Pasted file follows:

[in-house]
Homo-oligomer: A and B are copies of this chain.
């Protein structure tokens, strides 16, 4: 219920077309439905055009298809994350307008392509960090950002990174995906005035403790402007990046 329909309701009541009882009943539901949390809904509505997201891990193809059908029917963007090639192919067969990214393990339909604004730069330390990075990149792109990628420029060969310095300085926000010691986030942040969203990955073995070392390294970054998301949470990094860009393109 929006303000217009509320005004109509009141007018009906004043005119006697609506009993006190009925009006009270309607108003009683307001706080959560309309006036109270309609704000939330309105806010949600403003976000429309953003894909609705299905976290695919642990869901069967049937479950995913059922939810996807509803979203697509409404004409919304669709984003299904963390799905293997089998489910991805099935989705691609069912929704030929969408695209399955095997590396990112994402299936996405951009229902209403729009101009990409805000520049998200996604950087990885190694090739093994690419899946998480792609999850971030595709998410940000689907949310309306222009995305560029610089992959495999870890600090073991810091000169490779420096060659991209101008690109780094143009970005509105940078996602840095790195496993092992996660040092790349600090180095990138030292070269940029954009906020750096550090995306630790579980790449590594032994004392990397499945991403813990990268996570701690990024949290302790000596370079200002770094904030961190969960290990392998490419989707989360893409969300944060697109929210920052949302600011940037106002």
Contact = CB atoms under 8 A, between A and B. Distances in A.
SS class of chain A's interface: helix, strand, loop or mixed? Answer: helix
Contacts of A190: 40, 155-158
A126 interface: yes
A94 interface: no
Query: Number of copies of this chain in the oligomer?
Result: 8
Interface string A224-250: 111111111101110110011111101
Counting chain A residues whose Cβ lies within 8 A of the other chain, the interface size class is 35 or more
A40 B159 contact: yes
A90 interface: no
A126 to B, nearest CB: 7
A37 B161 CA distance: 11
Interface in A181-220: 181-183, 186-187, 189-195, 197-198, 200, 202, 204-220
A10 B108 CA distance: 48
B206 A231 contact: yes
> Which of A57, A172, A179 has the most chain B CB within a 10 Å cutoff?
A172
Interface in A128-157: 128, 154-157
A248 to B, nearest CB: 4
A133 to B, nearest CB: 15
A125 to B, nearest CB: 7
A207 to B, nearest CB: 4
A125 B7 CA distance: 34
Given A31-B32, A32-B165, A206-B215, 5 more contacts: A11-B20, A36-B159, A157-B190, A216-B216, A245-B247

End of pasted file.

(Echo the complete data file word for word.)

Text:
[in-house]
Homo-oligomer: A and B are copies of this chain.
């Protein structure tokens, strides 16, 4: 219920077309439905055009298809994350307008392509960090950002990174995906005035403790402007990046 329909309701009541009882009943539901949390809904509505997201891990193809059908029917963007090639192919067969990214393990339909604004730069330390990075990149792109990628420029060969310095300085926000010691986030942040969203990955073995070392390294970054998301949470990094860009393109 929006303000217009509320005004109509009141007018009906004043005119006697609506009993006190009925009006009270309607108003009683307001706080959560309309006036109270309609704000939330309105806010949600403003976000429309953003894909609705299905976290695919642990869901069967049937479950995913059922939810996807509803979203697509409404004409919304669709984003299904963390799905293997089998489910991805099935989705691609069912929704030929969408695209399955095997590396990112994402299936996405951009229902209403729009101009990409805000520049998200996604950087990885190694090739093994690419899946998480792609999850971030595709998410940000689907949310309306222009995305560029610089992959495999870890600090073991810091000169490779420096060659991209101008690109780094143009970005509105940078996602840095790195496993092992996660040092790349600090180095990138030292070269940029954009906020750096550090995306630790579980790449590594032994004392990397499945991403813990990268996570701690990024949290302790000596370079200002770094904030961190969960290990392998490419989707989360893409969300944060697109929210920052949302600011940037106002």
Contact = CB atoms under 8 A, between A and B. Distances in A.
SS class of chain A's interface: helix, strand, loop or mixed? Answer: helix
Contacts of A190: 40, 155-158
A126 interface: yes
A94 interface: no
Query: Number of copies of this chain in the oligomer?
Result: 8
Interface string A224-250: 111111111101110110011111101
Counting chain A residues whose Cβ lies within 8 A of the other chain, the interface size class is 35 or more
A40 B159 contact: yes
A90 interface: no
A126 to B, nearest CB: 7
A37 B161 CA distance: 11
Interface in A181-220: 181-183, 186-187, 189-195, 197-198, 200, 202, 204-220
A10 B108 CA distance: 48
B206 A231 contact: yes
> Which of A57, A172, A179 has the most chain B CB within a 10 Å cutoff?
A172
Interface in A128-157: 128, 154-157
A248 to B, nearest CB: 4
A133 to B, nearest CB: 15
A125 to B, nearest CB: 7
A207 to B, nearest CB: 4
A125 B7 CA distance: 34
Given A31-B32, A32-B165, A206-B215, 5 more contacts: A11-B20, A36-B159, A157-B190, A216-B216, A245-B247